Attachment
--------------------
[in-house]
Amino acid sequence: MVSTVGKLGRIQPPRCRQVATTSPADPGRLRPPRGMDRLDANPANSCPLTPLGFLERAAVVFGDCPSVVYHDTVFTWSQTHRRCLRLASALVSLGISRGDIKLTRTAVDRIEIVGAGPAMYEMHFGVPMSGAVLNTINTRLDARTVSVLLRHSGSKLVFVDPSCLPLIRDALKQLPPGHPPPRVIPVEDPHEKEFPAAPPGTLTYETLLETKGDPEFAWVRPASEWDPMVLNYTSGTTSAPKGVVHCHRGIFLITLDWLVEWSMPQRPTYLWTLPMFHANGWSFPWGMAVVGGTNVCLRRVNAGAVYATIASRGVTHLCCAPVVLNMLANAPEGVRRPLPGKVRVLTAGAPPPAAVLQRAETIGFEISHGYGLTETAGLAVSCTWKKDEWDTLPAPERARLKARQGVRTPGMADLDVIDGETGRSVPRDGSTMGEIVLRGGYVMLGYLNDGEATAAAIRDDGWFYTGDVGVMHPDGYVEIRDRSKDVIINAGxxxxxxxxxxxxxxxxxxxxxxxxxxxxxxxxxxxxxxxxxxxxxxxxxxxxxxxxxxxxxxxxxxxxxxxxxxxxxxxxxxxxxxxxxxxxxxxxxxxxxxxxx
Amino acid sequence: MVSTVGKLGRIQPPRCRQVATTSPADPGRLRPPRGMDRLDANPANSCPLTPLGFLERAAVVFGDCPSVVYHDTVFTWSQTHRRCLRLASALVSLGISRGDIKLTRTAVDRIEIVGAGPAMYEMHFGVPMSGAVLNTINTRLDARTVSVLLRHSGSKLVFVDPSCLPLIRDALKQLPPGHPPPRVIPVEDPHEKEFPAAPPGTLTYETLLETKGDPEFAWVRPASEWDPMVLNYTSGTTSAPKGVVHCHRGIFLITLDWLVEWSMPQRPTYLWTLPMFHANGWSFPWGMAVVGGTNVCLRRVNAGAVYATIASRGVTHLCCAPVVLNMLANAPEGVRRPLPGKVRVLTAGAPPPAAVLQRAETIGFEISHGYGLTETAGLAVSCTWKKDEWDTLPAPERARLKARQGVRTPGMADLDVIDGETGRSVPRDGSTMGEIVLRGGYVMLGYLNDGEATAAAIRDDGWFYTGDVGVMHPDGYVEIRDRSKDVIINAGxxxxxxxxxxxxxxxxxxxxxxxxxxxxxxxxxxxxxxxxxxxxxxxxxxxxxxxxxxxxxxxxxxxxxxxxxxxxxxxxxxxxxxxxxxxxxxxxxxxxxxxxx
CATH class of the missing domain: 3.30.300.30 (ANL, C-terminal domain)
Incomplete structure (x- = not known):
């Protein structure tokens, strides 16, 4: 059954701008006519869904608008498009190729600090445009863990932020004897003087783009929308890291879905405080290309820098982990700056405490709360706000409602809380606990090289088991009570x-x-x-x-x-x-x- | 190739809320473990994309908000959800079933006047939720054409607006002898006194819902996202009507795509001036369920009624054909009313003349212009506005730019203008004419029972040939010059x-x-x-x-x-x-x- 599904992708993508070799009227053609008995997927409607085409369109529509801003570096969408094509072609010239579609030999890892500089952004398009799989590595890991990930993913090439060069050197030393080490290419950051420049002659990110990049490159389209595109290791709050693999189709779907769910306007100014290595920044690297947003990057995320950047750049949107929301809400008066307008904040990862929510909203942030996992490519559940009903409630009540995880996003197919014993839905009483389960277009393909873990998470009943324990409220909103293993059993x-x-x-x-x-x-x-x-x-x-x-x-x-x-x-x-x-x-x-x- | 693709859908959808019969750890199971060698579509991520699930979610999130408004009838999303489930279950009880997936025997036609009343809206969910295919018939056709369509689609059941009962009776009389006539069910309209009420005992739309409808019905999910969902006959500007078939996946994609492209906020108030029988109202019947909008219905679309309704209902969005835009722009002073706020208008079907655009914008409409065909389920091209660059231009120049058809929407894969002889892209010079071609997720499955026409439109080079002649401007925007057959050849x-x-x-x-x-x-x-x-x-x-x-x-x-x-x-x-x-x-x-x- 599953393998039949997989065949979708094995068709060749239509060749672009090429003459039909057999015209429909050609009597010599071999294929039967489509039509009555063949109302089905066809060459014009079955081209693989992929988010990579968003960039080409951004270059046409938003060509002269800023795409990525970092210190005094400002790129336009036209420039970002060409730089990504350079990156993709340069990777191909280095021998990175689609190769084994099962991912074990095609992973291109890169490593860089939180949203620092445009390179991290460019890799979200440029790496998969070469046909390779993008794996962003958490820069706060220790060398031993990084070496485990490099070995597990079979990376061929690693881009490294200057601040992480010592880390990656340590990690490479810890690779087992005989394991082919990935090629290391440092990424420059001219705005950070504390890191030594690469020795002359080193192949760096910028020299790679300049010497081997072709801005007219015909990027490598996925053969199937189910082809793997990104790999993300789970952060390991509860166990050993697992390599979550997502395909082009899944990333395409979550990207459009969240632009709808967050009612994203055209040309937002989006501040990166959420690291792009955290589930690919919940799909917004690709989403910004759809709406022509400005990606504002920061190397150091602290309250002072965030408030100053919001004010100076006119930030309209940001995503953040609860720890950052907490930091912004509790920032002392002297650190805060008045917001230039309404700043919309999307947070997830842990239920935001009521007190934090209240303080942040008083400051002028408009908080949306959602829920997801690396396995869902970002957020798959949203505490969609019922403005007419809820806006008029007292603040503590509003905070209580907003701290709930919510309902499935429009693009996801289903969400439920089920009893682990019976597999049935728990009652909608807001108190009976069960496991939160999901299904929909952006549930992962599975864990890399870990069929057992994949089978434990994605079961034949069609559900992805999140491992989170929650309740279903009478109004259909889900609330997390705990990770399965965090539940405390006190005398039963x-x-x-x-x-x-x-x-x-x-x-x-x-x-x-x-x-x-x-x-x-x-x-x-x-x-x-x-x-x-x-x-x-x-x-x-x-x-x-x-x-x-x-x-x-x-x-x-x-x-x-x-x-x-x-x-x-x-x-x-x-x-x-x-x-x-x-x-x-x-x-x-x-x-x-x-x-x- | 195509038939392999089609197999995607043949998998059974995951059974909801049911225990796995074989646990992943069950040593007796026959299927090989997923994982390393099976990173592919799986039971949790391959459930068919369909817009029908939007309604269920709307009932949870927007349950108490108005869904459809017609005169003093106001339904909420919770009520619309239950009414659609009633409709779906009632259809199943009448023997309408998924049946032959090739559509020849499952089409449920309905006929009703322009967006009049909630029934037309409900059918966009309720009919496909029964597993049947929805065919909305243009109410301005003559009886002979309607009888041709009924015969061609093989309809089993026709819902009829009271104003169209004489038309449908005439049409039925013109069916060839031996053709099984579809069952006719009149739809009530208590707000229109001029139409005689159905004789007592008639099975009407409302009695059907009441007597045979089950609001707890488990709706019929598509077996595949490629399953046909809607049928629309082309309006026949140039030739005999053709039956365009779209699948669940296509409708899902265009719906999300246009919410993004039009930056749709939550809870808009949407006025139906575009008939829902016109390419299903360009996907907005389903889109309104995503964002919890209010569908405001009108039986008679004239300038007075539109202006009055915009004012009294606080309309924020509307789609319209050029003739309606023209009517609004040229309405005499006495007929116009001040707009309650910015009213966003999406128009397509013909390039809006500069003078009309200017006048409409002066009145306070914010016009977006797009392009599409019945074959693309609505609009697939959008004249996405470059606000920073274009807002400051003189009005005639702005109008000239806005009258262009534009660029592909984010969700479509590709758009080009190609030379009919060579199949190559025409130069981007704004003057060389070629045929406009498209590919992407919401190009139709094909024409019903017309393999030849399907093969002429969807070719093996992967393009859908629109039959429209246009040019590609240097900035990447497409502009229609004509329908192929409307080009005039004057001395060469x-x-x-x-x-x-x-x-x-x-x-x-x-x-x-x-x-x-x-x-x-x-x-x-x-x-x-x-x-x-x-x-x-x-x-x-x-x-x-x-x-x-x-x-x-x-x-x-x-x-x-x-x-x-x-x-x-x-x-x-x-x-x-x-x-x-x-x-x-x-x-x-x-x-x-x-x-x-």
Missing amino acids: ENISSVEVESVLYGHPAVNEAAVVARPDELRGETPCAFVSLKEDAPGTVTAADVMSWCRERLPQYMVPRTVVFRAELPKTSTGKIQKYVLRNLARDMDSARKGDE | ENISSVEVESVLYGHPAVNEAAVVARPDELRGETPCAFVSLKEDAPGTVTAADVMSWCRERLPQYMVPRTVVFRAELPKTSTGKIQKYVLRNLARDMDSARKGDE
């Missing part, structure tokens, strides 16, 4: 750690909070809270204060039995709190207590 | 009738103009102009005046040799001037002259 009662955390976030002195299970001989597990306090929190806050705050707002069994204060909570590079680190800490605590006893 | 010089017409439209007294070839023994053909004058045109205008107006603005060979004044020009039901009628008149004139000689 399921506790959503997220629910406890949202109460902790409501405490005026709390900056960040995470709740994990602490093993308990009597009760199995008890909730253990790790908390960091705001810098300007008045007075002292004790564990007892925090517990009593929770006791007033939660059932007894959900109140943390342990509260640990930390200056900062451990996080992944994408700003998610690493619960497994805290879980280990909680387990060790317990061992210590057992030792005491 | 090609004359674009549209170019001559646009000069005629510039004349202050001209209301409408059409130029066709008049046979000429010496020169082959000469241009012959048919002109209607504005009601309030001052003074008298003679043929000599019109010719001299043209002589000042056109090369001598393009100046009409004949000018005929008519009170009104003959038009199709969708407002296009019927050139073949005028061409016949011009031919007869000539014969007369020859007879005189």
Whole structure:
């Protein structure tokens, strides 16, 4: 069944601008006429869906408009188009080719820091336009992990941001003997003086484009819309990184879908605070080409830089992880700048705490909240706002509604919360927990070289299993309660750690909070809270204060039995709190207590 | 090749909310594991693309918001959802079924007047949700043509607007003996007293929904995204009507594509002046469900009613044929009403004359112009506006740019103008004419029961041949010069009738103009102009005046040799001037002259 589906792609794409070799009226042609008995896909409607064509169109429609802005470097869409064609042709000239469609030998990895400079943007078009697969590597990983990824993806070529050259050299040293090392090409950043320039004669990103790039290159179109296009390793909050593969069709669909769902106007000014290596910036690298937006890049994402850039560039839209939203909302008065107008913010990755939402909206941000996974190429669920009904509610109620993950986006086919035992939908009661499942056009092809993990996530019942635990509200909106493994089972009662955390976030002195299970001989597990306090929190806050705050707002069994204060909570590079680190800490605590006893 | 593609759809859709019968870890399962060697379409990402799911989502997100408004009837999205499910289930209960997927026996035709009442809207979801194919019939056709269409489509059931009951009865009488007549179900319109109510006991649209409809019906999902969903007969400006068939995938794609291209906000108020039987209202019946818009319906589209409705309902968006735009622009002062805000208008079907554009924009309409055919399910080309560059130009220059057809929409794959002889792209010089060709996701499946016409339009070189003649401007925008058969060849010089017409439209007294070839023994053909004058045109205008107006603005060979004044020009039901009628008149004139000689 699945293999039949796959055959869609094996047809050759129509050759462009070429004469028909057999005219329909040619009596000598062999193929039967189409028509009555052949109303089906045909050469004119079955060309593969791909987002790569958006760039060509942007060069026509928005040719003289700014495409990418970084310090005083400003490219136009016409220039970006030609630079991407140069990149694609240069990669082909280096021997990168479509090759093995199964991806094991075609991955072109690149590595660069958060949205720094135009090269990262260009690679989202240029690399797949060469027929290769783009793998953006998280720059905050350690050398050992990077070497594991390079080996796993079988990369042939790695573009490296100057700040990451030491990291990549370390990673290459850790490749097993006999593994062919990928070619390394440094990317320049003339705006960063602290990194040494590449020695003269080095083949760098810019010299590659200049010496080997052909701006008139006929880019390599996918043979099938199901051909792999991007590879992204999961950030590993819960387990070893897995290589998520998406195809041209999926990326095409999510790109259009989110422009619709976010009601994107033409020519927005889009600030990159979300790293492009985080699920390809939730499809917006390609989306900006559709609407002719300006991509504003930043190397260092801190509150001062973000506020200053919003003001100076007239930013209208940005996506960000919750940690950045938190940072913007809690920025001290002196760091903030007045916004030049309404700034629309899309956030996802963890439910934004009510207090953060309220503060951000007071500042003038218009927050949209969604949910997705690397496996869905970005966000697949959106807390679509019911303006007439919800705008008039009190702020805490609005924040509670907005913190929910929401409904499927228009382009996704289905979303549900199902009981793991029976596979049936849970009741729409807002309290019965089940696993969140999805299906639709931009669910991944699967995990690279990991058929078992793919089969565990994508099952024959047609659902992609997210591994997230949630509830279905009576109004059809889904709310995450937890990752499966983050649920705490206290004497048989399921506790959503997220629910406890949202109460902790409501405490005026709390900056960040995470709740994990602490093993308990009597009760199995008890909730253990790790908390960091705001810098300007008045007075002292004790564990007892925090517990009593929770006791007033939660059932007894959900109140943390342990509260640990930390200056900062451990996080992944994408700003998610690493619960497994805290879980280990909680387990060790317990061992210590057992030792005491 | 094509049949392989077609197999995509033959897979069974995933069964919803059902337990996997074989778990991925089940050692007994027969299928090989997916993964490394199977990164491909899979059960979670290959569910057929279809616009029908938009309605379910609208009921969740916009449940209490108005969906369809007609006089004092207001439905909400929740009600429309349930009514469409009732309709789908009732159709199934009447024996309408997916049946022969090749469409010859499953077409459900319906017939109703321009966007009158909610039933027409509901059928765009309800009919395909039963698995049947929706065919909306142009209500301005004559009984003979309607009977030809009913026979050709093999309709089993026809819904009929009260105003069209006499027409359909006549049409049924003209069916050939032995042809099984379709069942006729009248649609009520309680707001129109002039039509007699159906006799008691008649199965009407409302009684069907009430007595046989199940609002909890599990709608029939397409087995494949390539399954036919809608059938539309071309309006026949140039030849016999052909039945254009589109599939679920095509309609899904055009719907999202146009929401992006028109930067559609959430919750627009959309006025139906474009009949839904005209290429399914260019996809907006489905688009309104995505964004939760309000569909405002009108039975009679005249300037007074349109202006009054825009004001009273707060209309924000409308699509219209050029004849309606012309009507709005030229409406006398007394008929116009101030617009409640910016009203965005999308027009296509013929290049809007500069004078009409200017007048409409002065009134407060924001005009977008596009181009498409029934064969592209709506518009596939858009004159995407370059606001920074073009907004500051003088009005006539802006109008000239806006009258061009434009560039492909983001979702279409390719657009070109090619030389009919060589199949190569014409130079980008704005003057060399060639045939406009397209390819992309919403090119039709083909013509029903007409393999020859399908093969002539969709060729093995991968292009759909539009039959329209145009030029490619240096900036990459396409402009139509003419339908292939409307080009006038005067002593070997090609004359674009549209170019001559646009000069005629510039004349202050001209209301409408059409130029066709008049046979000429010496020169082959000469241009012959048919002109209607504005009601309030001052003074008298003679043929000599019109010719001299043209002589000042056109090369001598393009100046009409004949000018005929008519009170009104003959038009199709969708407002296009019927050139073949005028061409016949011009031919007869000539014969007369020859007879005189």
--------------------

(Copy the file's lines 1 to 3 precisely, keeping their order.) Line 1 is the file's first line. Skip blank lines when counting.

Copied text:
[in-house]
Amino acid sequence: MVSTVGKLGRIQPPRCRQVATTSPADPGRLRPPRGMDRLDANPANSCPLTPLGFLERAAVVFGDCPSVVYHDTVFTWSQTHRRCLRLASALVSLGISRGDIKLTRTAVDRIEIVGAGPAMYEMHFGVPMSGAVLNTINTRLDARTVSVLLRHSGSKLVFVDPSCLPLIRDALKQLPPGHPPPRVIPVEDPHEKEFPAAPPGTLTYETLLETKGDPEFAWVRPASEWDPMVLNYTSGTTSAPKGVVHCHRGIFLITLDWLVEWSMPQRPTYLWTLPMFHANGWSFPWGMAVVGGTNVCLRRVNAGAVYATIASRGVTHLCCAPVVLNMLANAPEGVRRPLPGKVRVLTAGAPPPAAVLQRAETIGFEISHGYGLTETAGLAVSCTWKKDEWDTLPAPERARLKARQGVRTPGMADLDVIDGETGRSVPRDGSTMGEIVLRGGYVMLGYLNDGEATAAAIRDDGWFYTGDVGVMHPDGYVEIRDRSKDVIINAGxxxxxxxxxxxxxxxxxxxxxxxxxxxxxxxxxxxxxxxxxxxxxxxxxxxxxxxxxxxxxxxxxxxxxxxxxxxxxxxxxxxxxxxxxxxxxxxxxxxxxxxxx
Amino acid sequence: MVSTVGKLGRIQPPRCRQVATTSPADPGRLRPPRGMDRLDANPANSCPLTPLGFLERAAVVFGDCPSVVYHDTVFTWSQTHRRCLRLASALVSLGISRGDIKLTRTAVDRIEIVGAGPAMYEMHFGVPMSGAVLNTINTRLDARTVSVLLRHSGSKLVFVDPSCLPLIRDALKQLPPGHPPPRVIPVEDPHEKEFPAAPPGTLTYETLLETKGDPEFAWVRPASEWDPMVLNYTSGTTSAPKGVVHCHRGIFLITLDWLVEWSMPQRPTYLWTLPMFHANGWSFPWGMAVVGGTNVCLRRVNAGAVYATIASRGVTHLCCAPVVLNMLANAPEGVRRPLPGKVRVLTAGAPPPAAVLQRAETIGFEISHGYGLTETAGLAVSCTWKKDEWDTLPAPERARLKARQGVRTPGMADLDVIDGETGRSVPRDGSTMGEIVLRGGYVMLGYLNDGEATAAAIRDDGWFYTGDVGVMHPDGYVEIRDRSKDVIINAGxxxxxxxxxxxxxxxxxxxxxxxxxxxxxxxxxxxxxxxxxxxxxxxxxxxxxxxxxxxxxxxxxxxxxxxxxxxxxxxxxxxxxxxxxxxxxxxxxxxxxxxxx